ISLAMABAD: The Supreme Court (SC) has declared the Supreme Court (Review of Judgments and Orders) Act 2023 unconstitutional on Friday, asserting that it infringes upon the established constitutional principles.
A three-judge bench of the SC, comprised of Chief Justice of Pakistan Umar Ata Bandial, Justice Munib Akhtar, and Justice Ijazul Ahsan, had previously reserved its judgment on June 19. The outcome of this case was anticipated to impact the Election Commission of Pakistan’s (ECP) review regarding the April 4 verdict that set May 14 as the date for the Punjab Assembly elections.
The legislation aimed to enhance and reinforce the SC’s ability to review its judgments and orders. It expanded the jurisdiction of the court by allowing appeals under Article 184(3), which grants the SC authority to intervene in matters of public importance concerning the enforcement of fundamental rights. The law essentially extended the review scope similar to that of Article 185, which grants appellate jurisdiction to the highest court.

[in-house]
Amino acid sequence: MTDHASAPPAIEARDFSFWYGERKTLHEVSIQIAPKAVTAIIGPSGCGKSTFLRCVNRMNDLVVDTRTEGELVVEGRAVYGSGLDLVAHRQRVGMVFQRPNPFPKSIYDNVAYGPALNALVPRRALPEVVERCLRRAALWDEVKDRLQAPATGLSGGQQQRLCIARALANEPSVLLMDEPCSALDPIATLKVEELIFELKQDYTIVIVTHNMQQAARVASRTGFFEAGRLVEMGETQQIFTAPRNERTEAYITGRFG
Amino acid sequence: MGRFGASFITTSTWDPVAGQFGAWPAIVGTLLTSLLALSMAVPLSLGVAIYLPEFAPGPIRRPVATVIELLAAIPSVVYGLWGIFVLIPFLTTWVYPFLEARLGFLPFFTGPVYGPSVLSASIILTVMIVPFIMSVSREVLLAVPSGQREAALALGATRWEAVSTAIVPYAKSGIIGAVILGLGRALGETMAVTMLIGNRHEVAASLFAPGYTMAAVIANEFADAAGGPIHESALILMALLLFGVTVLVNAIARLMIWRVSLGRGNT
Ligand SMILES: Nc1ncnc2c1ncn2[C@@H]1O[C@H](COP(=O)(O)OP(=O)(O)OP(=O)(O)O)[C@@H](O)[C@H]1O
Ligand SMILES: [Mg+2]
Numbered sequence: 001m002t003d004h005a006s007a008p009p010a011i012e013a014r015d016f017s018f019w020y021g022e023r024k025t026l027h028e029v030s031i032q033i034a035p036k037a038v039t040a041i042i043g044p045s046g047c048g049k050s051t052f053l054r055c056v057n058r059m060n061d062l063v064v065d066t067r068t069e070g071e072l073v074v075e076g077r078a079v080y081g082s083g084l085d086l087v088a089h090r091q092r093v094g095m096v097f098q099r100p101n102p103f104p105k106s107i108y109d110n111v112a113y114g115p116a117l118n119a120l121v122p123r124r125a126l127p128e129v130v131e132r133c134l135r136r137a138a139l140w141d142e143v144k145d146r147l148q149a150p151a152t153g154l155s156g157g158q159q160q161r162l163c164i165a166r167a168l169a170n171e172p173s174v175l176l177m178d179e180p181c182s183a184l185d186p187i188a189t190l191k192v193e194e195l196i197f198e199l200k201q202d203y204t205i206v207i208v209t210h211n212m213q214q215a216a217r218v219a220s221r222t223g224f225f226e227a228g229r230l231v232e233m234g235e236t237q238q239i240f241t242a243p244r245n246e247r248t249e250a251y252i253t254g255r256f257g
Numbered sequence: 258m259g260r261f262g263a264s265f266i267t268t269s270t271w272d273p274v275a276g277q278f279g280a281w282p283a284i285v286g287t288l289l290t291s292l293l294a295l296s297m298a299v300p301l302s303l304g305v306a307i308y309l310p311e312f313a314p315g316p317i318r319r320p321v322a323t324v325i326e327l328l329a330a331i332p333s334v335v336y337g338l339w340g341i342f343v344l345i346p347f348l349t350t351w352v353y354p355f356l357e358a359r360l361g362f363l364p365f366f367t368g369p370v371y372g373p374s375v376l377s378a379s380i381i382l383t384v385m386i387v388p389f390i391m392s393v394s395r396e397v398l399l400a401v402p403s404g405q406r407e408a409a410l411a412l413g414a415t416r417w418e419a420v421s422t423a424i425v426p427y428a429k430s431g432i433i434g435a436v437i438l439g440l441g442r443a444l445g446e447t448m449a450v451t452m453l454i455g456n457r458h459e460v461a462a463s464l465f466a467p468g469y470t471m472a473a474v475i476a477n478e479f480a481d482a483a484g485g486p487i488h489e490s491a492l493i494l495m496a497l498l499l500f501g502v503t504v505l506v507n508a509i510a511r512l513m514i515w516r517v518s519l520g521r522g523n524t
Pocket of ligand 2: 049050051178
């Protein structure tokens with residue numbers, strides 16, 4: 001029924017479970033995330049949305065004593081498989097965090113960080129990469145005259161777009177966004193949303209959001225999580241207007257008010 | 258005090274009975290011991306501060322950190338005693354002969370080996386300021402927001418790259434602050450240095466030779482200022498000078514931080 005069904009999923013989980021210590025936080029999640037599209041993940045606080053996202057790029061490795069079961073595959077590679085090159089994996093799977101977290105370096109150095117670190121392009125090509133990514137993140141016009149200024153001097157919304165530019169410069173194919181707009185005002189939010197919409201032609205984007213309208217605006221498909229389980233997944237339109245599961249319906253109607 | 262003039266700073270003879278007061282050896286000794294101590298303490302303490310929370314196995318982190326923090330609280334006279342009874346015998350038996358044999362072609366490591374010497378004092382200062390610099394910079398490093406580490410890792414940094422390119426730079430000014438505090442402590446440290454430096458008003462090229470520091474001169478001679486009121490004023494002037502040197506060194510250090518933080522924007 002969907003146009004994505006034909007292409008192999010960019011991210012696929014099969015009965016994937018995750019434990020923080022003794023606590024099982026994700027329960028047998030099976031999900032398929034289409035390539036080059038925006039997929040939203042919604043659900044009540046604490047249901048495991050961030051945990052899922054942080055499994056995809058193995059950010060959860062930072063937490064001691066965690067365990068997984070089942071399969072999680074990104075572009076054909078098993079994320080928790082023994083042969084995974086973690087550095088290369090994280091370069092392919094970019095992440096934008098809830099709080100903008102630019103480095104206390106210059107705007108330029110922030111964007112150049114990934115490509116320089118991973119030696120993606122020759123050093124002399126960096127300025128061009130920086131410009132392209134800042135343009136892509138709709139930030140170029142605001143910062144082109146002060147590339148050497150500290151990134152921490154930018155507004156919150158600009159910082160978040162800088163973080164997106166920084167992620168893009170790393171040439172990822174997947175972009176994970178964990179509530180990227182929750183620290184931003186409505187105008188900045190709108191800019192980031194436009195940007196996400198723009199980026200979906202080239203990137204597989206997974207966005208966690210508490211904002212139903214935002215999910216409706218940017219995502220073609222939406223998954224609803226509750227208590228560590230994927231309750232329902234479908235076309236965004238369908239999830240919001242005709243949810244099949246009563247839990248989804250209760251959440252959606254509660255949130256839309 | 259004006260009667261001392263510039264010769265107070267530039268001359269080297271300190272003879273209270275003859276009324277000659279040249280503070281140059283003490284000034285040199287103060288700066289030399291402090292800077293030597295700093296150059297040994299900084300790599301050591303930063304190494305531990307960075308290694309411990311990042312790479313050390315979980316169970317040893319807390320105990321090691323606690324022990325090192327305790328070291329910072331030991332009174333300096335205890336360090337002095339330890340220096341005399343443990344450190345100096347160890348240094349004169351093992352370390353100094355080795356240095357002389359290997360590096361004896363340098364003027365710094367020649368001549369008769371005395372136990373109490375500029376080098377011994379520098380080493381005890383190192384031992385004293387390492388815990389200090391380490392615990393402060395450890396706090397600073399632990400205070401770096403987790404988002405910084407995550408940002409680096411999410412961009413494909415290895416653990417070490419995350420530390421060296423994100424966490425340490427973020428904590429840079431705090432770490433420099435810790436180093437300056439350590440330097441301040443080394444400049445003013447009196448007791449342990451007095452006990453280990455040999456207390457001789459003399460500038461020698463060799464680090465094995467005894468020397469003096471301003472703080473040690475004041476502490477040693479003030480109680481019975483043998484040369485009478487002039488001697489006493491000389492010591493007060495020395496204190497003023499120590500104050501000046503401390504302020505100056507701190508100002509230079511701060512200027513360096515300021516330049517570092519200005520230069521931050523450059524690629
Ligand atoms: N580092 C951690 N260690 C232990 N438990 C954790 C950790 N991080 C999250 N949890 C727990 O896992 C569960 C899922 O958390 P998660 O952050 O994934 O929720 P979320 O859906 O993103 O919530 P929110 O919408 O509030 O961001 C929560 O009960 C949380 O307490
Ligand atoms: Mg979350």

In a detailed ruling, the court determined that the Act was inconsistent with and beyond the limits of the Constitution, and therefore, it was rendered null and void. The ruling emphasized that any attempt to intrude upon the SC’s powers and jurisdiction, including its review authority, through ordinary legislation, would be a misinterpretation of the Constitution.